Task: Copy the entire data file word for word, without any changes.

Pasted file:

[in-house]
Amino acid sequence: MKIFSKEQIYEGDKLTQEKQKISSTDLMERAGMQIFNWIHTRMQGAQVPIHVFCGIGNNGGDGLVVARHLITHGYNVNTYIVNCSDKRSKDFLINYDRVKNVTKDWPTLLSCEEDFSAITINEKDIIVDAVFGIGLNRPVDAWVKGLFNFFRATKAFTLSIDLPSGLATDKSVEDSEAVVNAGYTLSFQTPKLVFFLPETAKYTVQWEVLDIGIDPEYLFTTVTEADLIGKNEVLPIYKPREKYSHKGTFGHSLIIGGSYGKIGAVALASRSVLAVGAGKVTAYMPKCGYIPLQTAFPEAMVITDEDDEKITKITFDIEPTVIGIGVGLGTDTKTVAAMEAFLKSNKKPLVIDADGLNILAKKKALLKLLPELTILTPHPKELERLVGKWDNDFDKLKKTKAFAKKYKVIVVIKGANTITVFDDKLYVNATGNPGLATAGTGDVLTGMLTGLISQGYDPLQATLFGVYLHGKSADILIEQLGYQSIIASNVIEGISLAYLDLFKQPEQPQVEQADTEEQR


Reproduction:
[in-house]
Amino acid sequence: MKIFSKEQIYEGDKLTQEKQKISSTDLMERAGMQIFNWIHTRMQGAQVPIHVFCGIGNNGGDGLVVARHLITHGYNVNTYIVNCSDKRSKDFLINYDRVKNVTKDWPTLLSCEEDFSAITINEKDIIVDAVFGIGLNRPVDAWVKGLFNFFRATKAFTLSIDLPSGLATDKSVEDSEAVVNAGYTLSFQTPKLVFFLPETAKYTVQWEVLDIGIDPEYLFTTVTEADLIGKNEVLPIYKPREKYSHKGTFGHSLIIGGSYGKIGAVALASRSVLAVGAGKVTAYMPKCGYIPLQTAFPEAMVITDEDDEKITKITFDIEPTVIGIGVGLGTDTKTVAAMEAFLKSNKKPLVIDADGLNILAKKKALLKLLPELTILTPHPKELERLVGKWDNDFDKLKKTKAFAKKYKVIVVIKGANTITVFDDKLYVNATGNPGLATAGTGDVLTGMLTGLISQGYDPLQATLFGVYLHGKSADILIEQLGYQSIIASNVIEGISLAYLDLFKQPEQPQVEQADTEEQR